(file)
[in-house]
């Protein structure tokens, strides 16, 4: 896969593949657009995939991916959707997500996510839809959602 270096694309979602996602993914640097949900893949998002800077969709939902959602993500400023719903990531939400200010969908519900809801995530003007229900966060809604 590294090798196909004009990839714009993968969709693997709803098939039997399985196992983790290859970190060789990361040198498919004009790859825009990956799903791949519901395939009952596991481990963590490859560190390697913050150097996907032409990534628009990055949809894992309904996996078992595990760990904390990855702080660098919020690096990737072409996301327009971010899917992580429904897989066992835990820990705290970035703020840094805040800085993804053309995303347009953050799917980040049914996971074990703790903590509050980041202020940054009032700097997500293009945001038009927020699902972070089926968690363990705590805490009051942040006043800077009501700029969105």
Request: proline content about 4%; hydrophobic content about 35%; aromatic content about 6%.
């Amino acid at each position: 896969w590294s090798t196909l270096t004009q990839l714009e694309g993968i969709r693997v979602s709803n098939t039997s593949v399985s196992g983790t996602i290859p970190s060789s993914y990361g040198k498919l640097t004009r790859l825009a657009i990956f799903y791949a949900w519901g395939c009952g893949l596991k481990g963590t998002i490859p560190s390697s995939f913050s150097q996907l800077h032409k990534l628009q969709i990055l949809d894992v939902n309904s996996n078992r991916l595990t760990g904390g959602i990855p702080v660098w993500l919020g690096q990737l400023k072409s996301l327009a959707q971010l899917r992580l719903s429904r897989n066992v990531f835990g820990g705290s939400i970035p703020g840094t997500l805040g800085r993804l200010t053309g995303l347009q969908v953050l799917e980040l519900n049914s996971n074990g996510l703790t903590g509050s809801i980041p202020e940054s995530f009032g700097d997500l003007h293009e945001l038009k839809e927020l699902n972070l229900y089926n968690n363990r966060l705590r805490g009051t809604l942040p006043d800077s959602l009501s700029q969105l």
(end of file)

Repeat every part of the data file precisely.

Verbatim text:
[in-house]
């Protein structure tokens, strides 16, 4: 896969593949657009995939991916959707997500996510839809959602 270096694309979602996602993914640097949900893949998002800077969709939902959602993500400023719903990531939400200010969908519900809801995530003007229900966060809604 590294090798196909004009990839714009993968969709693997709803098939039997399985196992983790290859970190060789990361040198498919004009790859825009990956799903791949519901395939009952596991481990963590490859560190390697913050150097996907032409990534628009990055949809894992309904996996078992595990760990904390990855702080660098919020690096990737072409996301327009971010899917992580429904897989066992835990820990705290970035703020840094805040800085993804053309995303347009953050799917980040049914996971074990703790903590509050980041202020940054009032700097997500293009945001038009927020699902972070089926968690363990705590805490009051942040006043800077009501700029969105």
Request: proline content about 4%; hydrophobic content about 35%; aromatic content about 6%.
């Amino acid at each position: 896969w590294s090798t196909l270096t004009q990839l714009e694309g993968i969709r693997v979602s709803n098939t039997s593949v399985s196992g983790t996602i290859p970190s060789s993914y990361g040198k498919l640097t004009r790859l825009a657009i990956f799903y791949a949900w519901g395939c009952g893949l596991k481990g963590t998002i490859p560190s390697s995939f913050s150097q996907l800077h032409k990534l628009q969709i990055l949809d894992v939902n309904s996996n078992r991916l595990t760990g904390g959602i990855p702080v660098w993500l919020g690096q990737l400023k072409s996301l327009a959707q971010l899917r992580l719903s429904r897989n066992v990531f835990g820990g705290s939400i970035p703020g840094t997500l805040g800085r993804l200010t053309g995303l347009q969908v953050l799917e980040l519900n049914s996971n074990g996510l703790t903590g509050s809801i980041p202020e940054s995530f009032g700097d997500l003007h293009e945001l038009k839809e927020l699902n972070l229900y089926n968690n363990r966060l705590r805490g009051t809604l942040p006043d800077s959602l009501s700029q969105l």